for Tribune: report from the (S8) film festival, A Coruña

Alpha Centauri and pals

The medium of film, it’s often remarked, allows us to see through other people’s eyes for an hour or two; experimental cinema, while it tends to be more fleeting, can often offer much more privileged perspectives. The “other” eyes through which the avant-garde moving image is filtered may well be extremely “other” indeed—even super-human, super-natural.

Experimental cinema from the past six decades may simulate the bizarre ocular arrangements of Zaphod Beeblebrox from The Hitchhiker’s Guide to the Galaxy (two heads, two right eyes), benign alien Alpha Centauri from Pertwee-era Dr Who (vast orb in middle of bulbous bonce), James Xavier from Roger Corman’s X: The Man With The X-Ray Eyes (self-explanatory) or the heat-vision world experienced by John McTiernan’s Predator. And sometimes, all of them at once.


Existing in a phantom-zone far beyond the commercial mainstream, experimental cinema often finds itself ghettoised even at those film-festivals nominally receptive to adventurous fare—tucked away in shorts-programmes and timidly-publicised sidebars. This makes the continued existence of events like (S8) in the Spanish port of A Coruña all the more remarkable and valuable.

Held in this likeably rough-edged far corner of Europe every June since 2010 and organised under the auspices of the Galician Cinematheque (A Coruña was for over a century the capital of the semi-autonomous north-western province), (S8)—officially subtitled the ‘Mostra de Cinema Periférico’ or “display of peripheral cinema”—is now established as a vibrant symposium-cum-showcase interrogating and promoting the more marginal manifestations of the artistic moving-image.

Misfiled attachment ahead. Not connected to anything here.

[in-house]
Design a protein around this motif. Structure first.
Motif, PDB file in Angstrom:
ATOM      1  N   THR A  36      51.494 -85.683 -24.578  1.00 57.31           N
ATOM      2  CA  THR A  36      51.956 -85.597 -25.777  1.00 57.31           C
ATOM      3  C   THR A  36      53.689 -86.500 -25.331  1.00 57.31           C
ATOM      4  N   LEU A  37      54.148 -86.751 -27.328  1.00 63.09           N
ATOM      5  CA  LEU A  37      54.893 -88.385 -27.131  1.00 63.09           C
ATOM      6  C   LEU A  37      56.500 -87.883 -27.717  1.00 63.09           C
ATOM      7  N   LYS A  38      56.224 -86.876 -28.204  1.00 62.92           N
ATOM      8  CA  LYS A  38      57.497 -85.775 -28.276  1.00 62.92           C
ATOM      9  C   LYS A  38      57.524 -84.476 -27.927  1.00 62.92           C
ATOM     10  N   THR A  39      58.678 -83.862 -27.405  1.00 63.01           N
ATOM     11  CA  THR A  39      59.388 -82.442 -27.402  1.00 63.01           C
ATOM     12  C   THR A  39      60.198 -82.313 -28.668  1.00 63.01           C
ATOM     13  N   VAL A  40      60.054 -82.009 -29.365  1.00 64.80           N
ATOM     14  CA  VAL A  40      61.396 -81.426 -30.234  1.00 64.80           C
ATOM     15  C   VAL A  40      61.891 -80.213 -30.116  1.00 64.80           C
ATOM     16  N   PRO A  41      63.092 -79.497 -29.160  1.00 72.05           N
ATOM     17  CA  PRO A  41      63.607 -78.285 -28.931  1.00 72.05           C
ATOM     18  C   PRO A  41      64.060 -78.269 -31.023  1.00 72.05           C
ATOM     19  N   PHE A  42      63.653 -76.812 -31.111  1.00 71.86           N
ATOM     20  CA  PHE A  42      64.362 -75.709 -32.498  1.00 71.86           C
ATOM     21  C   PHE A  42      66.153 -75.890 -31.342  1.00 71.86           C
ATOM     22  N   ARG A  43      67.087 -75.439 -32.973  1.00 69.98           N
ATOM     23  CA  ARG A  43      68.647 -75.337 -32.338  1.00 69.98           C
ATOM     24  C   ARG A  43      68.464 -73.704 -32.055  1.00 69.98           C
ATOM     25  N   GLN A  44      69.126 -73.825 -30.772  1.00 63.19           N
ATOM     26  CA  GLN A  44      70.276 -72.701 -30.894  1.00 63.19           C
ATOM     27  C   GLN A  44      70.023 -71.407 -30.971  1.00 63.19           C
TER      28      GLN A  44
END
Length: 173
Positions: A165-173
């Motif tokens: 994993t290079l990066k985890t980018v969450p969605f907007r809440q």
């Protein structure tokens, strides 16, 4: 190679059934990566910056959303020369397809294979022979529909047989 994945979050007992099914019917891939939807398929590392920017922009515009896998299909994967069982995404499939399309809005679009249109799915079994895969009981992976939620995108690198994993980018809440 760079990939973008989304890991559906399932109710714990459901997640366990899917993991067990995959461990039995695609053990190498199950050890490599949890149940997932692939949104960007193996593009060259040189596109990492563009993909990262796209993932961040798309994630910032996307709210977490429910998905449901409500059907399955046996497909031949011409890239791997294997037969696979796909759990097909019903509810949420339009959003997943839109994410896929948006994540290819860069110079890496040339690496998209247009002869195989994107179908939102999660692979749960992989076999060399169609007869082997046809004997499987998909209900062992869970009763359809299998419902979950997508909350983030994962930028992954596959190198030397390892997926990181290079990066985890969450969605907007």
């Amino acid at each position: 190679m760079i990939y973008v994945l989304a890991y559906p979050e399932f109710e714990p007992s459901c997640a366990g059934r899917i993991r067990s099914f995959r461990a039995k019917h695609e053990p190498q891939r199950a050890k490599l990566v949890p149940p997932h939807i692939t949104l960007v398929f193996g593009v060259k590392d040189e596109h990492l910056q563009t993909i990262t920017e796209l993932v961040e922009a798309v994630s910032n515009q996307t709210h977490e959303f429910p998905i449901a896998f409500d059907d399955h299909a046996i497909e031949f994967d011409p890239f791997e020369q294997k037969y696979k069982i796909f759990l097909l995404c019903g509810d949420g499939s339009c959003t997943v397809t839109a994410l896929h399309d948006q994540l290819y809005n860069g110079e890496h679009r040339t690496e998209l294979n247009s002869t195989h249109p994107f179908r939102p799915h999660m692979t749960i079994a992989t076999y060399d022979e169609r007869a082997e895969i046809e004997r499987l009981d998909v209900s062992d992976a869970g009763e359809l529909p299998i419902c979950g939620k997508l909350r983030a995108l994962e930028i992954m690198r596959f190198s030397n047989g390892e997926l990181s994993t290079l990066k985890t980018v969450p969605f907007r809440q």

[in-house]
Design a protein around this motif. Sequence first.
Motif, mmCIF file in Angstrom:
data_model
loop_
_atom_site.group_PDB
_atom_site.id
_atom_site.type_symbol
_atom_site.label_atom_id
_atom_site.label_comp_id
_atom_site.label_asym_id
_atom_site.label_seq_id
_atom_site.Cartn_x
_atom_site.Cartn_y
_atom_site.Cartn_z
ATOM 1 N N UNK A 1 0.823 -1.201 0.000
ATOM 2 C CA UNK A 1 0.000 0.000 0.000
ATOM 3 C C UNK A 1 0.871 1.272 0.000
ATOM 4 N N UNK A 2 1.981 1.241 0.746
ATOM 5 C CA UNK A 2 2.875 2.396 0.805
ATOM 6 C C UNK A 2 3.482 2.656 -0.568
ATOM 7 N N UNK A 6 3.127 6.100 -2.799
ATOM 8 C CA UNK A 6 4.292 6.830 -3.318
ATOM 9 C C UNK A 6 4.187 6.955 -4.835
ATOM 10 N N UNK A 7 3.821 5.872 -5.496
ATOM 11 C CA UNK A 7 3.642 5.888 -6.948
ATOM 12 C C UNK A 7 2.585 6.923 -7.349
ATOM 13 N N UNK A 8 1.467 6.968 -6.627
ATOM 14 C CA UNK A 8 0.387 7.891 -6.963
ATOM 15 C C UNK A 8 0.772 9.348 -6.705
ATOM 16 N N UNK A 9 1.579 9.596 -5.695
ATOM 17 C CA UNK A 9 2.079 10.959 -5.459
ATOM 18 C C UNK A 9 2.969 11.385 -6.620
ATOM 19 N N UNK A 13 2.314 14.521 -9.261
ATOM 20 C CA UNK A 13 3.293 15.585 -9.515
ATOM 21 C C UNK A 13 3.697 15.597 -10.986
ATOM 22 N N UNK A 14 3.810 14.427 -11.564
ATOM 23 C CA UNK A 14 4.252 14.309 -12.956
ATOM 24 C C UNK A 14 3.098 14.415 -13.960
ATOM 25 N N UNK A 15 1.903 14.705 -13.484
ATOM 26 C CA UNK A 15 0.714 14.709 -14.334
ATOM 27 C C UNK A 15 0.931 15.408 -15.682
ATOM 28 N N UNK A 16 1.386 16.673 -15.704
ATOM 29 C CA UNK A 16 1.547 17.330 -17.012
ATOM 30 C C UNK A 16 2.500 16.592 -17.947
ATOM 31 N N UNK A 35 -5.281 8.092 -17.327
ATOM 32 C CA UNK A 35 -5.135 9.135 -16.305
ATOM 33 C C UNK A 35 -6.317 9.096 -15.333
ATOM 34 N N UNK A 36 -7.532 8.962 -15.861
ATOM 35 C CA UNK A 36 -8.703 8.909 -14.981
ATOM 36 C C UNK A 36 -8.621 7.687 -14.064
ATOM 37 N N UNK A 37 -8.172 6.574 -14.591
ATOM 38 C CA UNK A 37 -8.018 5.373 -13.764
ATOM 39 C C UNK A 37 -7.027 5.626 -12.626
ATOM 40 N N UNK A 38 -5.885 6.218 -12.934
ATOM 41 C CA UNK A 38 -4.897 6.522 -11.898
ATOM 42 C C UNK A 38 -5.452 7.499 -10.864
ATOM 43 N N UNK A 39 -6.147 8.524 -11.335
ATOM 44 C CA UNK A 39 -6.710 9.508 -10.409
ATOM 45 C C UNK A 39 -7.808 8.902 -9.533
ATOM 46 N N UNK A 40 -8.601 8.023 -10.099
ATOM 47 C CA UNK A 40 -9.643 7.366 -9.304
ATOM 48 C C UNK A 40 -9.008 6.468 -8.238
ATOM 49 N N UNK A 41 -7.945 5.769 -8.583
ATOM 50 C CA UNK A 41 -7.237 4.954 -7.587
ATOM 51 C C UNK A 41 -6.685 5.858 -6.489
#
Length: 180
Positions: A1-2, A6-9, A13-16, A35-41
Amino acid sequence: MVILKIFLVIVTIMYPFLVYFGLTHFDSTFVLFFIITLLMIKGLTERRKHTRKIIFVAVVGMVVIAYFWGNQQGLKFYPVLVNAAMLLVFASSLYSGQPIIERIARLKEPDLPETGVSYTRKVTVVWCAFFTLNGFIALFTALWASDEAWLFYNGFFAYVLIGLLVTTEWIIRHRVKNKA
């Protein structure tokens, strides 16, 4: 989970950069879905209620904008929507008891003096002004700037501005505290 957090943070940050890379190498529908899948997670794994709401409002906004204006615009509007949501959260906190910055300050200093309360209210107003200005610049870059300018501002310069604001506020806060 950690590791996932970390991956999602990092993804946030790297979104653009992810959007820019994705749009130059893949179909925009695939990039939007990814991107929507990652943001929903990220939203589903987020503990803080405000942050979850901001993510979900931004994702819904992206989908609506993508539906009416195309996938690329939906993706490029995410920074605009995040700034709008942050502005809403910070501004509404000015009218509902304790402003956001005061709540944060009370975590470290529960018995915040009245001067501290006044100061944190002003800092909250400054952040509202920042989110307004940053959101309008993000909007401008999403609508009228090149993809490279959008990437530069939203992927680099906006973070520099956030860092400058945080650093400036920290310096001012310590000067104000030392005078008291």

It focuses particularly short works (usually less than 20 minutes), and displays a defiant preference for projecting celluloid wherever possible—on Super 8mm (hence the name), 16mm and 35mm—while acknowledging practitioners who for aesthetic or practical reasons operate within the digital realm.

But while it’s now the norm for independent directors of narrative or documentary features to work digitally, the analogue format remains the preferred mode for the majority of their avant-garde counterparts. An excellent example of this is Canada’s 32-year-old Stephen Broomer, subject of a mini-retrospective at this year’s (S8)—along with veterans William Raban, Saul Levine and Nicky Hamlyn (most avant-garde doyens do tend to be white blokes).

Broomer’s prolific output exploits the tactile qualities and saturated colours afforded by 16mm; he’s at heart a miniaturist whose excels on smaller “canvases” in terms of projected-image size and duration alike: his praxis reaches ecstatic apogees in Wastewater (2012) and Snakegrass (2014), running just 77 and 68 seconds respectively.


Snakegrass is a reverie of haunting simplicity: via multiple exposures, the camera meanders along a verdant path bordered by the eponymous plant, accompanied by ethereal American guitarist John Fahey plucking out ‘St Patrick’s Hymn’. The arrangement dates back to 1869, but the hymn itself is centuries older; Snakegrass likewise feels something beamed in from the pre-industrial epoch of Wat Tyler and company.

Wastewater is a wilder, more confrontational experience, its frenziedly distorted visuals providing shattered glimpses of a processing-plant. Once again, it’s the choice of soundtrack that compels and spellbinds, via a sepulchrally ponderous piece of music which carries echoes of the Bach compositions found at particularly transcendent junctures of Tarkovsky’s masterpieces.

The fact that Broomer’s chefs d’oeuvre run for seconds rather than hours should not in any way diminish the scale of their quiet achievement. And while both Wastewater and Snakegrass can be experienced (after a bastardised fashion) online via Vimeo, it goes without saying that there’s no matching the effect of seeing them in a darkened room, on a screen, with an audience, via celluloid.